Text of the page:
Mission first, people always

  • Published
  • By Staff Sgt. Monique Randolph
  • 97th Air Mobility Wing
Experience counts for alot in both the military and civilian workforce, and no one knows this better than the new director of the 97th Maintenance Directorate, T.O. Hilley. As a military aircraft maintainer, Mr. Hilley achieved the rank of chief master sergeant, and he now holds the highest civilian position on base.
With 42 years of aircraft maintenance experience under his belt, Mr. Hilley could retire at any time. However, he said he still has a legacy to fulfill. 

"If I leave a legacy of anything, I want to leave a legacy of civilian maintenance here at Altus Air Force Base," he said. "First of all, I want to rewin the rebid." 

Although the civilian maintenance directorate has been a part of the 97th Air Mobility Wing for over 10 years, in 2008, the directorate will have to rebid their contract to remain a part of the wing. 

The directorate will have to compete against other civilian contract companies to continue providing aircraft maintenance support for the base. 

"I want to do my part to ensure our future here at Altus Air Force Base," the director said. "We have some really good people here; some of the best I've worked with in my entire career. 

"They've moved here, they've invested in this community, and they've invested in this base. I want to do everything in my power to keep them here." 

More than 40 percent of the directorate's employees are retired military, and more than 90 percent are prior military, Mr. Hilley said. 

"When the maintenance directorate first began, we had 22 retired chief master sergeants, over 150 retired senior NCOs, a few retired officers and a lot of career civil servants. And they're all after the same thing: to do the best job they can do, and be of the most value to the government. That's what we're all after.
"The experience base we have here at Altus is unmatched anywhere else in the Air Force," he said. "We know what the wing mission dictates. We have a military foundation. We are you (the military). We understand rank, deployments and everything else military members go through. We've done it ourselves."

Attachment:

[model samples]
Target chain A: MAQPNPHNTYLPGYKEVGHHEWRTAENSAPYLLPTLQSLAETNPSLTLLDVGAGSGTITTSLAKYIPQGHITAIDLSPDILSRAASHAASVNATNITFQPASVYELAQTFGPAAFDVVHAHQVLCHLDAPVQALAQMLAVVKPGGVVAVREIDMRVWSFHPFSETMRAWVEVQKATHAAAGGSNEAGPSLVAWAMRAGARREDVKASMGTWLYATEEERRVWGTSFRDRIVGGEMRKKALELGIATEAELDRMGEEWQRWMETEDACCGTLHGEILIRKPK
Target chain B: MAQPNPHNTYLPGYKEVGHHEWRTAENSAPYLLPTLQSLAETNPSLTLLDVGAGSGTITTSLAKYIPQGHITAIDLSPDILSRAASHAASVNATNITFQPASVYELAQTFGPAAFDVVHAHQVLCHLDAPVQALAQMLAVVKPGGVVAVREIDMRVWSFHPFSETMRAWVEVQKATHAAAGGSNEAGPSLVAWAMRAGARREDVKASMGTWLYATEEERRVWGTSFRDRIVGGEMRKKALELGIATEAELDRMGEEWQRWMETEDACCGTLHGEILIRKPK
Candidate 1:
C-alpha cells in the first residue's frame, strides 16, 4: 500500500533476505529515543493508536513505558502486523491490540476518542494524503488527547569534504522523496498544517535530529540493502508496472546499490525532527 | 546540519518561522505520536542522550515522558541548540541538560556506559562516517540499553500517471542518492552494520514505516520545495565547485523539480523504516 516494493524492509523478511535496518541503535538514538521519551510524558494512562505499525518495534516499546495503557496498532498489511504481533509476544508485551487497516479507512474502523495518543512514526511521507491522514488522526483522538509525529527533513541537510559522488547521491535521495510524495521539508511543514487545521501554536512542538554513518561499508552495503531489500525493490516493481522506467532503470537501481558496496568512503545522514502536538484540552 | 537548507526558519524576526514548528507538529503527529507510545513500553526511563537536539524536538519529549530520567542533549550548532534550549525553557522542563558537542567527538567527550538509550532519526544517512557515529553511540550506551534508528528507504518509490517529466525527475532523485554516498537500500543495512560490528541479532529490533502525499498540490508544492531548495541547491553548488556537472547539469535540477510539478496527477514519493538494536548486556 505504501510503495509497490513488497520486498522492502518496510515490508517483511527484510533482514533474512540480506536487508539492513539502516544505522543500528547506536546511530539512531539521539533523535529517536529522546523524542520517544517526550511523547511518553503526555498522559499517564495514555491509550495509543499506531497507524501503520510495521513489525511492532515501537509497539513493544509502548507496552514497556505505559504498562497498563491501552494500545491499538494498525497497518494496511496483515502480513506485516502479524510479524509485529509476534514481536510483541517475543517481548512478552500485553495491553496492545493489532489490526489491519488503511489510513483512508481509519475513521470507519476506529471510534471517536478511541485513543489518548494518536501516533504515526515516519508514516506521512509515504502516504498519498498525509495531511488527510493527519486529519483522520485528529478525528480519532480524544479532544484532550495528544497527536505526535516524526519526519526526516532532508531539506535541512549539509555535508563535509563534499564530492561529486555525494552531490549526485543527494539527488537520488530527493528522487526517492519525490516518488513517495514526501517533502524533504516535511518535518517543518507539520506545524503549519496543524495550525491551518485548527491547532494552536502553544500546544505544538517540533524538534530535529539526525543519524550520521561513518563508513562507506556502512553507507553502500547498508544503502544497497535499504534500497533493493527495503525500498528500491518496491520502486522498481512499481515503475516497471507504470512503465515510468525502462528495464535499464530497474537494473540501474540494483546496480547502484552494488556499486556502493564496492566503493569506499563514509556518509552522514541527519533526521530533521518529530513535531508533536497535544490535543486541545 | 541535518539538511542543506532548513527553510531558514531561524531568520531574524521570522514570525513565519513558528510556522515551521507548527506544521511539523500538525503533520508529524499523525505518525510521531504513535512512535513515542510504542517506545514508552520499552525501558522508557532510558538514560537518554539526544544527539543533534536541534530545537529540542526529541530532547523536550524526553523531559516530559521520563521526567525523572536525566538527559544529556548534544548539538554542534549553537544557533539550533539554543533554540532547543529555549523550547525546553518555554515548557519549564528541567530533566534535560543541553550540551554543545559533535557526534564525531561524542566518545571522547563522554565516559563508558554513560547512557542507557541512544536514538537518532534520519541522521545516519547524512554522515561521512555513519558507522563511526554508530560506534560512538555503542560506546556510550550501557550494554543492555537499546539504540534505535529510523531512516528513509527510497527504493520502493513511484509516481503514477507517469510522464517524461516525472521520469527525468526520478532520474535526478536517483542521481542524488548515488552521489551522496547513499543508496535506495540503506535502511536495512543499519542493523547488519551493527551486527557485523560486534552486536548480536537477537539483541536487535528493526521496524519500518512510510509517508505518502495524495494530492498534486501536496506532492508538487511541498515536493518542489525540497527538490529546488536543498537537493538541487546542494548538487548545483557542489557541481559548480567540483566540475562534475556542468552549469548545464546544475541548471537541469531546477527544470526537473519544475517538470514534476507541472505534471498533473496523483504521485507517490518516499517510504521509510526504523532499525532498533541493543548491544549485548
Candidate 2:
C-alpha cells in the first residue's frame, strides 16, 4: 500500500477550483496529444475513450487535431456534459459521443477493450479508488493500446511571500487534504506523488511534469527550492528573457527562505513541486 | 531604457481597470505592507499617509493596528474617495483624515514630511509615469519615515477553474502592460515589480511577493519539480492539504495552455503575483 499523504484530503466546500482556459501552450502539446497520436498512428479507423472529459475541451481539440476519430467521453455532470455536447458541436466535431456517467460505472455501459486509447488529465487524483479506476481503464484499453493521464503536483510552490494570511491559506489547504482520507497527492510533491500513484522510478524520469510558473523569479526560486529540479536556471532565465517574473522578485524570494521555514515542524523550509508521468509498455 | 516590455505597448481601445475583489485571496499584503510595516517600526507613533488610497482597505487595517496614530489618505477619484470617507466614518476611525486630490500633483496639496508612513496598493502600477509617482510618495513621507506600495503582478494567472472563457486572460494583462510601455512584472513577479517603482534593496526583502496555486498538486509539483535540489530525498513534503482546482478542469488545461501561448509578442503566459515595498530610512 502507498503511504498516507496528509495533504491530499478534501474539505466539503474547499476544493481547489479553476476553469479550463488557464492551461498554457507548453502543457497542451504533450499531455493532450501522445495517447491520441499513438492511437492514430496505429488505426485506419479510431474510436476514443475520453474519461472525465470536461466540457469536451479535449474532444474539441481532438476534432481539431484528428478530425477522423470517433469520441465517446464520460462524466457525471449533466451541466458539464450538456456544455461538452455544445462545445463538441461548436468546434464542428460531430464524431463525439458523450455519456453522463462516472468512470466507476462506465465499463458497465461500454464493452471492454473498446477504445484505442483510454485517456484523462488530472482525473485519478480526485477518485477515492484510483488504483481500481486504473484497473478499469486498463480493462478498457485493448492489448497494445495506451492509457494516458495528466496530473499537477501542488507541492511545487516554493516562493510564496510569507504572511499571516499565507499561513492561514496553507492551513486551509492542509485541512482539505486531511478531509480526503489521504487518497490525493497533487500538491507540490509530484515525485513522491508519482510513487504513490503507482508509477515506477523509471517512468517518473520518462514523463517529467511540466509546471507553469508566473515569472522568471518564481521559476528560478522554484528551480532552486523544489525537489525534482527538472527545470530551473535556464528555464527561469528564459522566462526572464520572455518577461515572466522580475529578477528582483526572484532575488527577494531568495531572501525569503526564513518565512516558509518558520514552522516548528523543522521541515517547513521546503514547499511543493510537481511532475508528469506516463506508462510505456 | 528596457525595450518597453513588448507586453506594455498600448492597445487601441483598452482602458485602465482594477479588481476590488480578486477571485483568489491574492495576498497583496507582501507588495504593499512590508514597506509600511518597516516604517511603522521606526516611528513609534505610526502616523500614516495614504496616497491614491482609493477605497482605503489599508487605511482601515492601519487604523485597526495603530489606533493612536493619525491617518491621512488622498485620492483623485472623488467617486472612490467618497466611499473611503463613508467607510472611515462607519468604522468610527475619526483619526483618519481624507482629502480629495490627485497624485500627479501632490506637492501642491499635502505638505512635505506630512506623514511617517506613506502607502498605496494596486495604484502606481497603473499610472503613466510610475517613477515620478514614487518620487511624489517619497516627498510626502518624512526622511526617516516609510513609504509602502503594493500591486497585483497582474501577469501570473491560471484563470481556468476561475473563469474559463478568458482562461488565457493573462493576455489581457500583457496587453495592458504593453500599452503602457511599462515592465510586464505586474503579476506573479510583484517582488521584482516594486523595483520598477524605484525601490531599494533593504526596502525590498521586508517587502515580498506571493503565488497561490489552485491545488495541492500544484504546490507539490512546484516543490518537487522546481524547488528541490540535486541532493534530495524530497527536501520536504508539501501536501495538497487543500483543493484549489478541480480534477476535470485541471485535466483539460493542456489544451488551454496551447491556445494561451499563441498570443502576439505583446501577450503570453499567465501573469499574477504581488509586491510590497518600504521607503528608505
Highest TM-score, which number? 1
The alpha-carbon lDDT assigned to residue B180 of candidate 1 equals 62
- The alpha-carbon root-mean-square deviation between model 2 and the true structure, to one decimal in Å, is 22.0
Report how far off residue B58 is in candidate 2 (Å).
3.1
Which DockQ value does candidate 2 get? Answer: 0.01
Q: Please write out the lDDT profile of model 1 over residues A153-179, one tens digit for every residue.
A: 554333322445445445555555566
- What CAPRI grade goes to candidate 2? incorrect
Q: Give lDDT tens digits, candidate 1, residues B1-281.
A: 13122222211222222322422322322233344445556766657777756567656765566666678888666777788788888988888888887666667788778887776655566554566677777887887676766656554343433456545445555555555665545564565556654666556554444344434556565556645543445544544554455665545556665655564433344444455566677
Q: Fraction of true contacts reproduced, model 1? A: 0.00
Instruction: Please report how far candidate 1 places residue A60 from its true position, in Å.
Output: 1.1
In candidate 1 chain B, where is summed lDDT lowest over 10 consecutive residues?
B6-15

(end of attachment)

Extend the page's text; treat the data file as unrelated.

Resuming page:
Mr. Hilley, himself, retired from the Air Force in 1989 after more than 25 years on active duty. 

"I wasn't ready to retire, but I had a medical condition that prevented me from staying," he said. "So, I did the next best thing and worked in aircraft maintenance as a civilian. I loved doing what I was doing." 

Mr. Hilley said he attributes his success in the military to superb mentoring.
"I could never replace the experience I've received watching super leaders work," he said. "I am a product of mentorship. I worked with some really great people; senior enlisted and officers. They all had three traits in common: honesty, great work ethic and patriotism. I've been very lucky to have known them all." 

From 1996 to the present, Mr. Hilley has worked his way from airlift flight chief to director of maintenance. 

His advice: "Dream big and go for it! Help other people realize their goals and the return will be great. Pray and get involved in your church and commit to helping less fortunate people. Sell yourself; practice doing interviews and work hard at being honest. Show them that you are the best value and don't stop after being hired." 

As for military members: "Work really hard while you're in. Many people get to a certain point and just float along. Give it your best shot." 

"I think some people think I was born behind this desk," Mr. Hilley said. "I spent many, many years on the flight line. You get that in your blood and it's hard to get it out. I ruined a white shirt last week looking at a gear problem; I guess I'm still a mechanic at heart."